Friday, August 29. It was a little after six when the trek up the Mulanje Mountain started at Likhubula, the foot of the mountain.
It promised to be a hike with a difference. It had that unique feel. What else would you expect, for on trek was Minister of Tourism, Culture and Wildlife Michael Usi and musician Lawi, who signed a pact with the Mulanje Mountain Conservation Trust (MMCT) as ambassador of the mountain.
The billing was the Voice of the Mountain Hike. About 80 hikers were on board. Some had been at Sapitwa several times, while many more had never been to the summit before.
The unique thing about the hike that day was that history was to be made. Usi would become the first serving minister of tourism to step on Sapitwa. Ken Lipenga, one time minister of tourism, was the first minister to sky dive on the mountain.
It was even unique, for never before has it been recorded of a music performance at Sapitwa. Lawi broke that record. And, he was joined by acoustic guitar maestro Agorosso.
So, the trek began, a few minutes after six after exercises led by soldiers of the Malawi Defence Force (MDF).
It is about four hours from Likhubula to Chambe Basin, where the hikers would have a snack. This is the Skyline Path. It gets its name from the skyline, which used to transport equipment and tree logs between Chambe and Likhubula.
“I wish the skyline could be used by a cable car. I remember the time we went up the Table Mountain in South Africa, we used a cable car,” remarked MBC journalist Simeon Boyce.
A debate then raged, as the nature enthusiasts weighed the pros and cons of a cable car to ease mobility. It would make more and more people visit the mountain, some argued. No, it would kill the pleasure that comes with hiking, others said.
Mulanje Mountain has 10 huts, where hikers can spend nights. There is one at Chambe. That afternoon, the hikers, however did not go as far as that hut, as they were heading for Chisepo Hut. They only had a snacks near the basin, before getting back on the trek.
From the foot of the mountain to Chambe, you can see you are on your way up. But the route from Chambe to Chisepo is characterised by going up and down slopes. It is on this leg that you can’t miss the grandeur of the mountain. It is also here that you will note the environmental degradation on the mountain.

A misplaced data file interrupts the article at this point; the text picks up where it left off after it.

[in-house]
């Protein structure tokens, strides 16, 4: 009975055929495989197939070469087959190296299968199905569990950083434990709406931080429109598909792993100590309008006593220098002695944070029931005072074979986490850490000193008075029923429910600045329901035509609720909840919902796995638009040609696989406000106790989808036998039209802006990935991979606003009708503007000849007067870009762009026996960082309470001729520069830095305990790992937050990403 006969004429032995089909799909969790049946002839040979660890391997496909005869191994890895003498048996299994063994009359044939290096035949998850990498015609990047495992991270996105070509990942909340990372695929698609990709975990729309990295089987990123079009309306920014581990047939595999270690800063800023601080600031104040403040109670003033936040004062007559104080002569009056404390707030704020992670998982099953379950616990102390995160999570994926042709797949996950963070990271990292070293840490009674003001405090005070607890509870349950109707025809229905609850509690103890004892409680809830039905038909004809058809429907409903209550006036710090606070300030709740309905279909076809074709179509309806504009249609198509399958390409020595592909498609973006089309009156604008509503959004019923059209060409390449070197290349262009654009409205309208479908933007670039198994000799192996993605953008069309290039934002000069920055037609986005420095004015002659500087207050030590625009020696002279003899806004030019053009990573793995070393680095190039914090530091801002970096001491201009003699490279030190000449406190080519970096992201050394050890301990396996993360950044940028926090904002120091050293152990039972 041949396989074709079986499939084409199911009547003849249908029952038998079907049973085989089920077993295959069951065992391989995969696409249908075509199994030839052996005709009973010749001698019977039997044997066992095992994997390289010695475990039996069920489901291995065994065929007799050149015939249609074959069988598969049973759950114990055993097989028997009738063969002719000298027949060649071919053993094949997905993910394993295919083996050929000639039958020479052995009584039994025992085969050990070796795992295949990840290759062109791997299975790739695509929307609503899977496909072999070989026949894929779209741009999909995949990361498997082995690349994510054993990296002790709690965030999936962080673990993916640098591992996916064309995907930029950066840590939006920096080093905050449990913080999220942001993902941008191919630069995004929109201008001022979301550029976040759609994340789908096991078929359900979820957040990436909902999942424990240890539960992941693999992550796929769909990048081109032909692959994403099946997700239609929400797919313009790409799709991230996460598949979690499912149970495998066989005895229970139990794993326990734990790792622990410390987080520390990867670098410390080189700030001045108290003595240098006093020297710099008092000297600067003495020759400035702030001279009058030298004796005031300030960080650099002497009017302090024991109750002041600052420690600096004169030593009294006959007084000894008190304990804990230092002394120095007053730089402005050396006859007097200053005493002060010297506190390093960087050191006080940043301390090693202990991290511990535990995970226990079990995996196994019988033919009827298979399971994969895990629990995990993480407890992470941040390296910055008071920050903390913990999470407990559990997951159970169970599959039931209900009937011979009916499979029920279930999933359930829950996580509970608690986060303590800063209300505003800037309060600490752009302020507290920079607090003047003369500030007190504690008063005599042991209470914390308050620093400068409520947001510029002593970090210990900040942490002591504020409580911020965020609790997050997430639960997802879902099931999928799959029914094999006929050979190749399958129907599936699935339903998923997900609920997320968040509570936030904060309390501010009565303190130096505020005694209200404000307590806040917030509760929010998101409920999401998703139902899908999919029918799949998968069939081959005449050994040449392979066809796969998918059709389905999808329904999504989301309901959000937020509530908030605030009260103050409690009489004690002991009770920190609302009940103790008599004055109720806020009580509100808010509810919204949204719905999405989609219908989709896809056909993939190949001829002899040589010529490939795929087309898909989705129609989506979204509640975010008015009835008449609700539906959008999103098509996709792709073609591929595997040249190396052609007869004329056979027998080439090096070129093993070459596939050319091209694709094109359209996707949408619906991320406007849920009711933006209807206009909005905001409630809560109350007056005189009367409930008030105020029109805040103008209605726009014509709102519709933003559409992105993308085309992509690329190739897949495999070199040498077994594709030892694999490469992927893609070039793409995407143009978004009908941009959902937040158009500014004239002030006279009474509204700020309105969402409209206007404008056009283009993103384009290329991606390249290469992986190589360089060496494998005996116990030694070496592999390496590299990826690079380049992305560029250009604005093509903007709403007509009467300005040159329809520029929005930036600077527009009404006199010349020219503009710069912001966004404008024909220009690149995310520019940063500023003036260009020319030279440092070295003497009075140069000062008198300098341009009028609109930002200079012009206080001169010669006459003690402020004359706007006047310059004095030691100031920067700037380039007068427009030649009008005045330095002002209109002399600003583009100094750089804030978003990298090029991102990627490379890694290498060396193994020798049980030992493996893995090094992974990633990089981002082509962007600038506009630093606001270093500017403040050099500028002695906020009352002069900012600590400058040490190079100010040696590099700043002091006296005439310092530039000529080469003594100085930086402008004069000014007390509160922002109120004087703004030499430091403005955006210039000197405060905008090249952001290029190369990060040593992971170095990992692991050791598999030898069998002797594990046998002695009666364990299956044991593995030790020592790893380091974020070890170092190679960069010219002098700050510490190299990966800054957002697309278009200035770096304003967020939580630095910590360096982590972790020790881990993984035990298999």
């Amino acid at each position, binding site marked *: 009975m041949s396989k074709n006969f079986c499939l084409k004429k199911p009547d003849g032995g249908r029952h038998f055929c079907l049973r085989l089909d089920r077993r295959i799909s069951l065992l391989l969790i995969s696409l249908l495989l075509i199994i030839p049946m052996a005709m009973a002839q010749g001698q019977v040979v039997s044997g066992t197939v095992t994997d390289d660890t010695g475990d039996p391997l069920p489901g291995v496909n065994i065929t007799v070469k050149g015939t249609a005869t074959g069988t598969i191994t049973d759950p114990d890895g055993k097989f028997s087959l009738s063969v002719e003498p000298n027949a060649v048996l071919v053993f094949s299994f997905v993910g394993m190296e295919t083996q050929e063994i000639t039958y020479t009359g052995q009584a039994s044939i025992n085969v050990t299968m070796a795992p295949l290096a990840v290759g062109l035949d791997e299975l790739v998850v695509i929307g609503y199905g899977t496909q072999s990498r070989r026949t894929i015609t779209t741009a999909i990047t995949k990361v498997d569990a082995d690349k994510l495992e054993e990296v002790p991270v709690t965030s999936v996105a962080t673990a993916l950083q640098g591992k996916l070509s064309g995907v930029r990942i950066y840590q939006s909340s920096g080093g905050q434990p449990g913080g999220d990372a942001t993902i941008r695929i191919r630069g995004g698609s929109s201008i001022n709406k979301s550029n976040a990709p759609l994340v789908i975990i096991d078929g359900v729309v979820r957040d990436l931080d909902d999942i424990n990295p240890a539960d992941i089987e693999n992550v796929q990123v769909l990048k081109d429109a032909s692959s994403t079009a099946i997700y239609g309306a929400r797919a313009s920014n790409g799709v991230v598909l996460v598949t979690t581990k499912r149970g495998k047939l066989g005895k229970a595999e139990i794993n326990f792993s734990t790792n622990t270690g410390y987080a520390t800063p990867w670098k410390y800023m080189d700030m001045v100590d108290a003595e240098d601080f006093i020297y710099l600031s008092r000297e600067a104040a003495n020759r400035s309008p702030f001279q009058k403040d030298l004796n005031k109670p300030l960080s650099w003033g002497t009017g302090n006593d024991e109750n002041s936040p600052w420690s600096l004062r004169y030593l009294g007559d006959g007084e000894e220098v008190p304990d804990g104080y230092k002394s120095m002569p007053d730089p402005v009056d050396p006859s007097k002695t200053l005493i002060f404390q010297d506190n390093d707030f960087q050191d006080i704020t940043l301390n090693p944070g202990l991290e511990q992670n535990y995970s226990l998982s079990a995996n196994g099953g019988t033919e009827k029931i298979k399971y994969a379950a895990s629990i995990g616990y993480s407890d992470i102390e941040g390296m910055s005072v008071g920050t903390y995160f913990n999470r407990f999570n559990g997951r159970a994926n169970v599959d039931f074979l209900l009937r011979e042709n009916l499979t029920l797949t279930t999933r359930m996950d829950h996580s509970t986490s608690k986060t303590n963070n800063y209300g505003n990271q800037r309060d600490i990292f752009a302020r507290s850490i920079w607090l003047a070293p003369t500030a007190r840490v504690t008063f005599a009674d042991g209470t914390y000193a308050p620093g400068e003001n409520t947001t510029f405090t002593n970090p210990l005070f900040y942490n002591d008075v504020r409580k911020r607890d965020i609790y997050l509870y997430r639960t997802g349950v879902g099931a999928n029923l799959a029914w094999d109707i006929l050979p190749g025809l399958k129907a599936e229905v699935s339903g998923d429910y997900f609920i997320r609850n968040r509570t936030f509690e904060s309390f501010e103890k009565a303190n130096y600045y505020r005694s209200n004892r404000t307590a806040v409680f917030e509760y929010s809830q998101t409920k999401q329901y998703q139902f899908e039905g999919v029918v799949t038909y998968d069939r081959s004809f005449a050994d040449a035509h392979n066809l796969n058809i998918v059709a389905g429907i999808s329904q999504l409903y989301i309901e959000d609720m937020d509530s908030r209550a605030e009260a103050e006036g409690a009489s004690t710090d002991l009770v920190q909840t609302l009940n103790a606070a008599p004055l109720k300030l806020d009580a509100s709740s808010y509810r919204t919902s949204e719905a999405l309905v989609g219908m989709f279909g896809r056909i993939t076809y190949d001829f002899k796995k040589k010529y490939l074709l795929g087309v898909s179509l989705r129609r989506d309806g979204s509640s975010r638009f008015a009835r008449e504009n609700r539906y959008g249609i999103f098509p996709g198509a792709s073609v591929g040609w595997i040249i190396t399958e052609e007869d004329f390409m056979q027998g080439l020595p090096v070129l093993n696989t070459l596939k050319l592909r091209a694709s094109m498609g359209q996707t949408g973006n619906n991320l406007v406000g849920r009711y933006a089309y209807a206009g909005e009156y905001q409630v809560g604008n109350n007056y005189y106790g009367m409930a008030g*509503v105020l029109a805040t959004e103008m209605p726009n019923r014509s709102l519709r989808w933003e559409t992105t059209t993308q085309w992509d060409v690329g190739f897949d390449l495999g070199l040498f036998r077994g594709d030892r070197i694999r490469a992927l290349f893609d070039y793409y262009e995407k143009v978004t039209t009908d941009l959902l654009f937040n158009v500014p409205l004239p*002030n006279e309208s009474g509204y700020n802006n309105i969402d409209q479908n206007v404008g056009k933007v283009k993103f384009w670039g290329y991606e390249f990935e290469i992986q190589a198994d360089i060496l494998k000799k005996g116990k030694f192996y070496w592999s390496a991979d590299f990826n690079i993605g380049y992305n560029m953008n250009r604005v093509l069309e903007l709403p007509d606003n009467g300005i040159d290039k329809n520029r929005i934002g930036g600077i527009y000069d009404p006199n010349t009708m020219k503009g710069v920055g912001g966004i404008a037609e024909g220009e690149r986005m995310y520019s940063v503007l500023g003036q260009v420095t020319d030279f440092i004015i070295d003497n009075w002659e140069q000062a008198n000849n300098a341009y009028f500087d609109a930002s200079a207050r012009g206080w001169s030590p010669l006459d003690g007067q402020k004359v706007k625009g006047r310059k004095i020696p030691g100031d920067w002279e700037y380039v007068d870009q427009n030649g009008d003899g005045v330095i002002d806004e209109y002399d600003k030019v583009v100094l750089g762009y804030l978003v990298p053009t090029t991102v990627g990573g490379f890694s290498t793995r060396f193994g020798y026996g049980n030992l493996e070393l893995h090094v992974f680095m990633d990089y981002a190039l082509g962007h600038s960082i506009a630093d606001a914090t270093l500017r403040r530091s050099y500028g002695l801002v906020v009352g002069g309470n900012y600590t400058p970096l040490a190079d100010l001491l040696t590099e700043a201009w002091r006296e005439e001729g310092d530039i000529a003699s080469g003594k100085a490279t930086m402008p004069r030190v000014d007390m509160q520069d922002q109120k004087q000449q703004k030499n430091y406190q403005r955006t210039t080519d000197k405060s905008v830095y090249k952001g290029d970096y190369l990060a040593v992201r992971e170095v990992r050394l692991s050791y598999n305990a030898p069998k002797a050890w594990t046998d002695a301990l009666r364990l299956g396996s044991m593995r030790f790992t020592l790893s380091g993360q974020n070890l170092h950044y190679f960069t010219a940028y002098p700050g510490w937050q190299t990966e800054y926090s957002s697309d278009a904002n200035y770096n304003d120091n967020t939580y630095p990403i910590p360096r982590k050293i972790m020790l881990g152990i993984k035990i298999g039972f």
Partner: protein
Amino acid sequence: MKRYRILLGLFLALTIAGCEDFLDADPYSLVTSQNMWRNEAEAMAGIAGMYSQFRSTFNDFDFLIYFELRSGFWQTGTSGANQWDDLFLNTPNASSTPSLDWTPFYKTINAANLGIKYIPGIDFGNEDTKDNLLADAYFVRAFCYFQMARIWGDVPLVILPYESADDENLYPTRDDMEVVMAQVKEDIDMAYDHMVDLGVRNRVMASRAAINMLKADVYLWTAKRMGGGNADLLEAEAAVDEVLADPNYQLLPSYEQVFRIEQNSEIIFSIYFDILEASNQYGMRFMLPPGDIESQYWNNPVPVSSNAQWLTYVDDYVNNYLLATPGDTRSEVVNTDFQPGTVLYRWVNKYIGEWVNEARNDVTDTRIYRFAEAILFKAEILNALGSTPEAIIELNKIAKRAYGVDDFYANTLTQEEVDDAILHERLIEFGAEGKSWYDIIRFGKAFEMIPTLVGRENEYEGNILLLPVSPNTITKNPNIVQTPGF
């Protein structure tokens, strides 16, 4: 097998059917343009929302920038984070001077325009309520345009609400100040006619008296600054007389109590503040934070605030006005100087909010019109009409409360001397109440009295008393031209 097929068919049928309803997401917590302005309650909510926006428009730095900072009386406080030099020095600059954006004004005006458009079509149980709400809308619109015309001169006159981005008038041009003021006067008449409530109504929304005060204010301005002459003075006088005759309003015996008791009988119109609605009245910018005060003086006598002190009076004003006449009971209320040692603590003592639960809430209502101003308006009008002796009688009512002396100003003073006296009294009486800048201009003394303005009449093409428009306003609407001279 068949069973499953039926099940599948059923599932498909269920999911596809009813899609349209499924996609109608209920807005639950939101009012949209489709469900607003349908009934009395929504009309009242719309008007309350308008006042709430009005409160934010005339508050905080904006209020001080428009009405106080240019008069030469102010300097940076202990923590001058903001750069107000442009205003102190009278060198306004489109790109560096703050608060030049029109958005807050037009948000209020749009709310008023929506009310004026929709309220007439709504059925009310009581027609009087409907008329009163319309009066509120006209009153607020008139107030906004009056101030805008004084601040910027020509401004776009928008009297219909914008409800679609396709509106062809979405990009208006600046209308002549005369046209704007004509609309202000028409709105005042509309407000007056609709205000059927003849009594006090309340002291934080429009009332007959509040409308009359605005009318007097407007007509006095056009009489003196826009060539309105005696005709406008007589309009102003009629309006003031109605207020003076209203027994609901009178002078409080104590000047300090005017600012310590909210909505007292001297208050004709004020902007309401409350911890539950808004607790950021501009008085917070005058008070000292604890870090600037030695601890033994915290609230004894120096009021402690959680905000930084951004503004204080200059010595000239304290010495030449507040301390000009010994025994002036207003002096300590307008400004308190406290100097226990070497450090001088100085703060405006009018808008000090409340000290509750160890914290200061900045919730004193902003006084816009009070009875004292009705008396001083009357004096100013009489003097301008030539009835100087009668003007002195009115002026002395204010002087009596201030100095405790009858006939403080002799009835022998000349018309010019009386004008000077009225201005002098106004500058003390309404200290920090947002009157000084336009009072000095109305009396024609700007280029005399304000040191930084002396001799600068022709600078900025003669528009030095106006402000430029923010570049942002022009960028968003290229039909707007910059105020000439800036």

You will find sooty stumps of Malawi’s national tree, the Mulanje cedar after plunder. You will see stumps of cyprus trees by the wayside. All that time, you will be going up, then down, up and down again. At times, muscle cramps grip you. You sit on a rock to rest, get lost in the breath-taking view or cogitate on the distance left before you reach the hut.
If you dare ask a porter or a tour guide, all they will tell you is: We are about to be get to Chisepo.
There is one particularly hard climb, which the locals call Kamfiti. This is the last hurdle to Chisepo. Coming about seven hours after leaving the foot of the mountain, Kamfiti tears you apart, but once done you see Chisepo Hut in the expansive rocky wilderness before you.
After a few exercises, you can choose to go to a nearby stream. The water is so cold, but putting your feet in it is so refreshing.
Like most of the huts, Chisepo Hut is made of cedar wood. You can’t miss that sweet scent. Neither can you miss how hard the wood feels.
The first night at Chisepo was quite uneventful. It could be that the hikers were just too tired after the seven hour trek. Or else, they could have been thinking about the experience to Sapitwa the following morning. Nonetheless, it was time for some to get to know each other and make new friends.
The following morning, at around seven, the hikers were back on track. The last leg to Sapitwa, some four hours away, had begun. It is a steep and rocky climb. Most of the times, the hikers would go on all fours, as the MDF soldiers sang songs to keep up the spirits.
There is less vegetation on this part of the trek. You can see rock formations that will leave you amazed. Not only were the hikers thrilled by the peculiar shape of the V-cave or the rabbit ears rock, they also had to pass through caves until they reached the last hurdle, where the soldiers pulled them using a rope.
That Saturday afternoon, the peak was calm. It wasn’t as cold as it may be.
To add the warmth, Lawi and Agorosso played music. They strummed their guitars, as the other hikers sang along and recorded the milestone on their phones. That was also time for the Kodak moments!
The act at the peak climaxed as Usi, who is also a renowned actor, sang his own song, a song that sent the hikers into stitches of laughter.
That performance at the summit was like a dress rehearsal for what was to happen at Chisepo Hut that night. By the bonfire, Lawi and Agorosso dished out music. Heart-rending it was to see Agorosso playing the percussions as Lawi dished out such songs as Amaona Kuchedwa, Phukira, Lilongwe and The Whistling Song, among others.
“I must say, it gives me great pleasure to play with Agorosso. The other time, I met Oliver Mtukudzi in South Africa and he told me what a great musician Agorosso is. In fact, the two were recording an album when Tuku passed away,” said Lawi.
For Usi, being on the mountain is one thing, but what happens after the hike is another.
“We have seen for ourselves the degradation on the mountain. We have seen for ourselves the tourism opportunities that exist here. We have to take steps to protect this mountain which has so many exciting features,” said Usi.
While acknowledging calls that the event should be annual, one of the organisers Mervis Maigwa hailed female hikers who took part in the challenge.
“It is exciting to see that women took up the challenge. Women dared and all of them reached the summit,” she said.
Most hikers will tell you, the descent is harder. Mainly, that is because your mind is already home. And, for that matter, you apply more effort to avoid running downhill. The memories rest for life.